A new fuel-cell design brings top honors to student engineers.
Some 1.6 billion people around the world lack access to electricity. So a team of SCU student engineers has come up with a robust, off-the-grid solution that could make a difference, combining solar-and fuel-cell technology. What they came up with—the proton exchange membrane fuel cell (PEMeFC)—is a design innovative enough to bring top honors from the Environmental Protection Agency’s P3 competition in Washington, D.C., this past April.
SCU students led by senior Michael Sizemore '12 developed “a brand-new clean-energy system designed solely by us,” he says. They competed against 40-odd colleges and universities, earning bragging rights and a $90,000 award from the EPA to help advance their design and move it into the marketplace. The team began its work under the guidance of engineering faculty member Dan Strickland, who was tragically killed in a car accident last fall. Shoba Krishnan, associate professor of electrical engineering, then stepped in to serve as faculty advisor.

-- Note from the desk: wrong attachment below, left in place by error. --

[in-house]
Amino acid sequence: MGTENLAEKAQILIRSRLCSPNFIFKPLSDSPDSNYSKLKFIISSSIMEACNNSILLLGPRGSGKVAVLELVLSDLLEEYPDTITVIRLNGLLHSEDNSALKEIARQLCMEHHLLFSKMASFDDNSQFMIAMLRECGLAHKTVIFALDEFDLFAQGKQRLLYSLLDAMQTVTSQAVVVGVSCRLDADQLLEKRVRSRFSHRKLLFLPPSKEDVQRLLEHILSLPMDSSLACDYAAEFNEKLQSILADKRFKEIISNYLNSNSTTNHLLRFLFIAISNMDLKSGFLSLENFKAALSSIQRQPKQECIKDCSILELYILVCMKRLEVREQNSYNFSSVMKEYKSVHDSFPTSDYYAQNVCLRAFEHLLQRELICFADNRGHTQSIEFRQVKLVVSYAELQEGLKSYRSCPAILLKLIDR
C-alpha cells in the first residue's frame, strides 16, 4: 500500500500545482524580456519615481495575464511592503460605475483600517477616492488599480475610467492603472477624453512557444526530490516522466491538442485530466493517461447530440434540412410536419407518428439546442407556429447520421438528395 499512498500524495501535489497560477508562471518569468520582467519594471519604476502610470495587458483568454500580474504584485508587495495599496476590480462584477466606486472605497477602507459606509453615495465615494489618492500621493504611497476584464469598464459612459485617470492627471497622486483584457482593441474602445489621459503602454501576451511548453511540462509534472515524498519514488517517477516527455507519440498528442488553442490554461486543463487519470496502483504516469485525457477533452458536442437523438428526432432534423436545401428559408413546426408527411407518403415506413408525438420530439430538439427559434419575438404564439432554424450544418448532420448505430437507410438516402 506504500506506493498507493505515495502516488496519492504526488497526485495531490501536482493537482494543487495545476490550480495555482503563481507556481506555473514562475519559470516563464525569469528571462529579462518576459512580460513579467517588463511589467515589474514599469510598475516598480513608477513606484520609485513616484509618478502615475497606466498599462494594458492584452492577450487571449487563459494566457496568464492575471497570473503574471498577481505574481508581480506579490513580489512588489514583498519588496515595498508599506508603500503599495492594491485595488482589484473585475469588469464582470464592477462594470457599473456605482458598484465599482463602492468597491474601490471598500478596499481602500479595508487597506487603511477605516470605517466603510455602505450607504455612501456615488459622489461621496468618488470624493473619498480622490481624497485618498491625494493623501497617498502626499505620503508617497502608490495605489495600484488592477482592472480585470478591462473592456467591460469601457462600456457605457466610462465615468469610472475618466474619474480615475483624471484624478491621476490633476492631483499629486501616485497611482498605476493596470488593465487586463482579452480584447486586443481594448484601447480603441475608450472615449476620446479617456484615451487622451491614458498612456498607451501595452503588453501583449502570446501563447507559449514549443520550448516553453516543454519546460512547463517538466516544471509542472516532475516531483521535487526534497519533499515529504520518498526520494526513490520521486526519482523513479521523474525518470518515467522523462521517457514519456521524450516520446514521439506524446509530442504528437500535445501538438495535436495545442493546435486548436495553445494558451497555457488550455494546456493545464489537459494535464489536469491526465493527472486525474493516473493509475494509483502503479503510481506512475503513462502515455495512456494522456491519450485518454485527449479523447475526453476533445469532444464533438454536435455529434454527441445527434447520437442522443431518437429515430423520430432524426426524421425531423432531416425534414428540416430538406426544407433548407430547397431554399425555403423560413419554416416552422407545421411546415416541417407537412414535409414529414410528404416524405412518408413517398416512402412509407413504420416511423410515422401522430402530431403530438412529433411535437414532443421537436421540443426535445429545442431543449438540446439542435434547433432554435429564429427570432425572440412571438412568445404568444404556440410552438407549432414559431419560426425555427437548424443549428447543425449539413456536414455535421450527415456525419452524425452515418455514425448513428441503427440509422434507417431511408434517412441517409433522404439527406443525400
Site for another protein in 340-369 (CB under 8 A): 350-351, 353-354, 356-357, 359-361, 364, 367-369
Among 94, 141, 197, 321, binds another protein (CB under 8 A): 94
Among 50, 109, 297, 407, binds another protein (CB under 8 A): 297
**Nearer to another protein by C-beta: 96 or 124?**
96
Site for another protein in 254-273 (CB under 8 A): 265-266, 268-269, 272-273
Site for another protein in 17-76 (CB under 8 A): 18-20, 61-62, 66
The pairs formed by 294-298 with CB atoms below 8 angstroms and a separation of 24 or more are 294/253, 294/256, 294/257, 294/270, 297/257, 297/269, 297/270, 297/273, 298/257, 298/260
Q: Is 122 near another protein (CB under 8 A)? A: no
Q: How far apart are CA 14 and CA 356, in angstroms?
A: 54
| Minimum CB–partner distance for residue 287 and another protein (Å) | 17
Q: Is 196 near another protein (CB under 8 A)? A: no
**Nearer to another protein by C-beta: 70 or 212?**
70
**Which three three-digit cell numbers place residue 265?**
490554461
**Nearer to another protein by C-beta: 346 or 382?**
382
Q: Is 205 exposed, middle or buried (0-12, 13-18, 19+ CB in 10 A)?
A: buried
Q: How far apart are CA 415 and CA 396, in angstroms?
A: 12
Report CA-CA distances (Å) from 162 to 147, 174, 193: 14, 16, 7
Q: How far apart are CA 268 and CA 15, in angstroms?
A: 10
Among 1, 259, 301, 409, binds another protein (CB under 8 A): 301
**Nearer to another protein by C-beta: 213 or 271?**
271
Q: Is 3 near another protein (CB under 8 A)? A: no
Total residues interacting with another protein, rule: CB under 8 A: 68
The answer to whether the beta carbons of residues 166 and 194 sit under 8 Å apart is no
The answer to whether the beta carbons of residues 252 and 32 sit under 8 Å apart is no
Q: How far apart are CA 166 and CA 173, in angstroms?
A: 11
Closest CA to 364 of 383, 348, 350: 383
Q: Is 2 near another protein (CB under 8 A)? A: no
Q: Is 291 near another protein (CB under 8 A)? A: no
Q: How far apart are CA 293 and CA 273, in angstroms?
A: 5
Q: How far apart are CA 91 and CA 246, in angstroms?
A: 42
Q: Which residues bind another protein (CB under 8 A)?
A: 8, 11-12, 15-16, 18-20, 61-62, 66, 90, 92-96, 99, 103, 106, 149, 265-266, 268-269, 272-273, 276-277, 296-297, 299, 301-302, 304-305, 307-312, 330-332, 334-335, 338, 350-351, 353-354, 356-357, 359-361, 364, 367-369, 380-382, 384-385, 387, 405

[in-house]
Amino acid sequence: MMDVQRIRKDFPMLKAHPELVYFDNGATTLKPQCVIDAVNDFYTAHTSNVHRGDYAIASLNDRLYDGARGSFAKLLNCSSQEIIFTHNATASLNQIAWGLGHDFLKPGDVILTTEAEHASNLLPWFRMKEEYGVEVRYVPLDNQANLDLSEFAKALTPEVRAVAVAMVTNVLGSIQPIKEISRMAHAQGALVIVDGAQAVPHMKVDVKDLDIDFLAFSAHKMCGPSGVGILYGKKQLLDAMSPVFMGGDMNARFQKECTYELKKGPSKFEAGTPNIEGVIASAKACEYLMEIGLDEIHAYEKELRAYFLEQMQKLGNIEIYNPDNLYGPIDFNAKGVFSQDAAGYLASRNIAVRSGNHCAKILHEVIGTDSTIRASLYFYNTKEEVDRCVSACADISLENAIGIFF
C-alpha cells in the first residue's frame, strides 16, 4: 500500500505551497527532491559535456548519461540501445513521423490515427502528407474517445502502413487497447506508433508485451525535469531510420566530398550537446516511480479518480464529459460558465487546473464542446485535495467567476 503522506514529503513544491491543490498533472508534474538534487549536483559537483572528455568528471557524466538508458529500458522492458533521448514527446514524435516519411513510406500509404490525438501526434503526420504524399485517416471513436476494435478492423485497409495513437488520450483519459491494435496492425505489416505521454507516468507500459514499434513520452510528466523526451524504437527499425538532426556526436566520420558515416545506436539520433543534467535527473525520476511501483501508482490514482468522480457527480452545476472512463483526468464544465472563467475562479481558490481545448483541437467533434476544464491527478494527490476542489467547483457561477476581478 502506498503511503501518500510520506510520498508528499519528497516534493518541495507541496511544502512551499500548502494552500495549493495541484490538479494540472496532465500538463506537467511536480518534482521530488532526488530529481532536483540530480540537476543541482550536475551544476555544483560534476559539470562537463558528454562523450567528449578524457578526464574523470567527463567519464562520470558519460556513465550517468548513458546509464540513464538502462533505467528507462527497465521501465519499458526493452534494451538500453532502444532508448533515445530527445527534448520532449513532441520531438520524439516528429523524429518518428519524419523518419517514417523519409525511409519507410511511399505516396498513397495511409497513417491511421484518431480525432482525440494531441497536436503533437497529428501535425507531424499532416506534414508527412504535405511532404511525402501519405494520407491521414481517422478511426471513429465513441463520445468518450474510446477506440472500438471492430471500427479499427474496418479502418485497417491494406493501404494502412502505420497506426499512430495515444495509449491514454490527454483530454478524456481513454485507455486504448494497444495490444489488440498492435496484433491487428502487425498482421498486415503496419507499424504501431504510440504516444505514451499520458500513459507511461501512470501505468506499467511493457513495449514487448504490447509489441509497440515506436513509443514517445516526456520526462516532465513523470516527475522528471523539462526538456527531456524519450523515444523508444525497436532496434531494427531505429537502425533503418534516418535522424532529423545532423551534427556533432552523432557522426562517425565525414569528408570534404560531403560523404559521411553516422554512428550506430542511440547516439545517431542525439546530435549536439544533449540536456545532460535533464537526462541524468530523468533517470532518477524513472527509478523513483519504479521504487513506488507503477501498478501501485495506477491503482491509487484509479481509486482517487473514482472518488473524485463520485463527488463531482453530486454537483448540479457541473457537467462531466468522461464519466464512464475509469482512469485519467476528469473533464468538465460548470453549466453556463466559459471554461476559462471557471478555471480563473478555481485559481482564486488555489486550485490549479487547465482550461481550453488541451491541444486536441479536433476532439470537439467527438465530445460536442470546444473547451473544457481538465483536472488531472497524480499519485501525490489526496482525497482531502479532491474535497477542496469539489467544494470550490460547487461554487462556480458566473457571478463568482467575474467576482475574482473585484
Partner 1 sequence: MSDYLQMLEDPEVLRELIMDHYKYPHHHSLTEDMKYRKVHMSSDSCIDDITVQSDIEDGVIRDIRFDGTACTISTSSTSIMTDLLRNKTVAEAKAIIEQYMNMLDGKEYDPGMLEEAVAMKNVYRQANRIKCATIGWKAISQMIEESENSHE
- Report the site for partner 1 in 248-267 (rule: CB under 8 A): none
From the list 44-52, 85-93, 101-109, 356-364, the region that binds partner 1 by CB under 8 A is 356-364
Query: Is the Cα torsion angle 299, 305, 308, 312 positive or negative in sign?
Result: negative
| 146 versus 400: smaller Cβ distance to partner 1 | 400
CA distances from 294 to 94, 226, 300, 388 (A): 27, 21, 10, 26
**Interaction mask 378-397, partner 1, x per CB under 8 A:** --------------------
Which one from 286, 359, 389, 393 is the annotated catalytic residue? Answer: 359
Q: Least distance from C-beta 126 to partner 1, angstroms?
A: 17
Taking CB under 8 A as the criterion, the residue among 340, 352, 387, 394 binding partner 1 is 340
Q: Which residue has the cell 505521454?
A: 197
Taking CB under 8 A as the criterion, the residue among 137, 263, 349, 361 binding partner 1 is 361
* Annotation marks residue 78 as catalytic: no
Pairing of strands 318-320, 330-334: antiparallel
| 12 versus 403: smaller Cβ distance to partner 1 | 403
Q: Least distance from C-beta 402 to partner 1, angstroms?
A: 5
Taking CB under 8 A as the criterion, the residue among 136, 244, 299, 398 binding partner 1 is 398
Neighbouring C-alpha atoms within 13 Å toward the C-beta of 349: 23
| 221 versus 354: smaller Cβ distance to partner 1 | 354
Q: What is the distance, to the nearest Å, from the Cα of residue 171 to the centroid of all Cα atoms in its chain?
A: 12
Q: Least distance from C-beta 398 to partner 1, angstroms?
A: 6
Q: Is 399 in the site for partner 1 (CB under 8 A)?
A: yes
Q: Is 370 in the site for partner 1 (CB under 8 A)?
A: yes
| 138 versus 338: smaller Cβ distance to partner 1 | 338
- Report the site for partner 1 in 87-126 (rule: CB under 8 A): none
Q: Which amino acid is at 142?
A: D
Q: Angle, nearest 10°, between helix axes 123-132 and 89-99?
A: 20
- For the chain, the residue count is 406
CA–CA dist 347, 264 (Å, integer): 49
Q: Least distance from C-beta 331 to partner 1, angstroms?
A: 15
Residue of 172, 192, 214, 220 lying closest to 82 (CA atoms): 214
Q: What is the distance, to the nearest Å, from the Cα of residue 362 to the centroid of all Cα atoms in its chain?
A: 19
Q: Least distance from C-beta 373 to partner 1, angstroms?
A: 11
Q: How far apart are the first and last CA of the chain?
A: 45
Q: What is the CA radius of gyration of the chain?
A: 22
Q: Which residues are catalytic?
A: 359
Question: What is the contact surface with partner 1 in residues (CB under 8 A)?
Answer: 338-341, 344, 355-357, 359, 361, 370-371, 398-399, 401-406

Read more about the team in the San Francisco Chronicle.
The team devised a fuel-cell system that generates electricity from hydrogen and oxygen source tanks. Photovoltaic panels provide power for electrolysis, running the fuel cell in reverse to resupply the fuel tanks—and simultaneously to provide power. The plan is to implement the system in SCU’s Solar Decathlon houses and to work with BlueEnergy in Nicaragua to provide rural, off-grid power.